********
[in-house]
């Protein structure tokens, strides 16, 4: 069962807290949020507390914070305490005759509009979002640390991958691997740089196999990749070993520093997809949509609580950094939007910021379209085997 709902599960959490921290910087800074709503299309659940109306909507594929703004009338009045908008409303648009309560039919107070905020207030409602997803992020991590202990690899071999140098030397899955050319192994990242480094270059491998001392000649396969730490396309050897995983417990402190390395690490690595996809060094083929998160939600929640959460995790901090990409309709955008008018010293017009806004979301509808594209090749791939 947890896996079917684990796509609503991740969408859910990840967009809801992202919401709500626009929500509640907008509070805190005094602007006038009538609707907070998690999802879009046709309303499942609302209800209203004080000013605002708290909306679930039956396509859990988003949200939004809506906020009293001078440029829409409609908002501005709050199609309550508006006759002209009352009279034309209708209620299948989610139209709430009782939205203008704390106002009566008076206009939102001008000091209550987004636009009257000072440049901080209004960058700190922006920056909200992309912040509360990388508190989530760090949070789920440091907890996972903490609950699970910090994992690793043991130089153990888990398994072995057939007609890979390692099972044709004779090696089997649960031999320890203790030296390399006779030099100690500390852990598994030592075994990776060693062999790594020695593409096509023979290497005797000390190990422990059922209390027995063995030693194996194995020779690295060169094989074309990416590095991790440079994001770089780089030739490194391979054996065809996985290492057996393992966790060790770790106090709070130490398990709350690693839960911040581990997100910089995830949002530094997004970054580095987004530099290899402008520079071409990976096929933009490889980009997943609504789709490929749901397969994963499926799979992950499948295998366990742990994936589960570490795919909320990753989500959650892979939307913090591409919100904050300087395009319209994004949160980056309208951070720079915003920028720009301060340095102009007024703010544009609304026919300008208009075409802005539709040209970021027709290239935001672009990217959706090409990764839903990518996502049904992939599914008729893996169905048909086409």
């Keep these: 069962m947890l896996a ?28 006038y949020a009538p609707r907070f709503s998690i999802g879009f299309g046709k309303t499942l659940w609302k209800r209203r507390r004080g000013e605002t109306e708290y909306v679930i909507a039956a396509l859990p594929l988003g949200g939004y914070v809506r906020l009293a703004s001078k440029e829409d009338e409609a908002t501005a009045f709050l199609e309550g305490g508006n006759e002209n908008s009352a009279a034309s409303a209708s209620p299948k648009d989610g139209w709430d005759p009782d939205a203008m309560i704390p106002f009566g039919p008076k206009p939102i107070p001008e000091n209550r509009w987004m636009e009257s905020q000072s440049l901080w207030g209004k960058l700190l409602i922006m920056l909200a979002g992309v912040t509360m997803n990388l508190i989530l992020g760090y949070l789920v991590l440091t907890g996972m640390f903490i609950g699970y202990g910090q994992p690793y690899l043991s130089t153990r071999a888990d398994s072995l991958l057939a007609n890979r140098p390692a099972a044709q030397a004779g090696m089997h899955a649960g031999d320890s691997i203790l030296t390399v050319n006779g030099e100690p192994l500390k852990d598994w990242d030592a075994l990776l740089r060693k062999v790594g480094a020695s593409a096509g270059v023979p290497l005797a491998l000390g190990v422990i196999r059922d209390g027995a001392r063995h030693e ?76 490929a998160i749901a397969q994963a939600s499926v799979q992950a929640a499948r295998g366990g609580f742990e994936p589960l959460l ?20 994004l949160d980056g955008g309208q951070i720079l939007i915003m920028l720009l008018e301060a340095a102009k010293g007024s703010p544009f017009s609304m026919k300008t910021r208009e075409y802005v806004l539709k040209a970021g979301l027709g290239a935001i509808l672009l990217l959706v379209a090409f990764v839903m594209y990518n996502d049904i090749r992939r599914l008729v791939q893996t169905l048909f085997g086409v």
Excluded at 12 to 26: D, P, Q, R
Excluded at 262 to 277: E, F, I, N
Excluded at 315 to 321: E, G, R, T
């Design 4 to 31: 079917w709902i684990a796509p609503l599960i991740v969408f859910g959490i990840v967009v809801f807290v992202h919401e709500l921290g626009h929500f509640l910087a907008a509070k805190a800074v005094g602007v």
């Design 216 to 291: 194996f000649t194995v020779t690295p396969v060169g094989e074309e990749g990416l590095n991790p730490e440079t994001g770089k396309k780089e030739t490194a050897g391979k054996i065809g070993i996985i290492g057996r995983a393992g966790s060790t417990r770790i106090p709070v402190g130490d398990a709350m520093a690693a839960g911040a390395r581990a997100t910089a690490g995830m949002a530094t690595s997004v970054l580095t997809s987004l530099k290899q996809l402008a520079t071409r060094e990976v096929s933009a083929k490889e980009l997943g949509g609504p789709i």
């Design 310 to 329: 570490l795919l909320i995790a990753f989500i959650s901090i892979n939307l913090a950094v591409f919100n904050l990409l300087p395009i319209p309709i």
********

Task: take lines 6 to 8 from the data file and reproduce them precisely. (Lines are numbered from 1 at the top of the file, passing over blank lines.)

Excluded at 315 to 321: E, G, R, T
């Design 4 to 31: 079917w709902i684990a796509p609503l599960i991740v969408f859910g959490i990840v967009v809801f807290v992202h919401e709500l921290g626009h929500f509640l910087a907008a509070k805190a800074v005094g602007v």
């Design 216 to 291: 194996f000649t194995v020779t690295p396969v060169g094989e074309e990749g990416l590095n991790p730490e440079t994001g770089k396309k780089e030739t490194a050897g391979k054996i065809g070993i996985i290492g057996r995983a393992g966790s060790t417990r770790i106090p709070v402190g130490d398990a709350m520093a690693a839960g911040a390395r581990a997100t910089a690490g995830m949002a530094t690595s997004v970054l580095t997809s987004l530099k290899q996809l402008a520079t071409r060094e990976v096929s933009a083929k490889e980009l997943g949509g609504p789709i």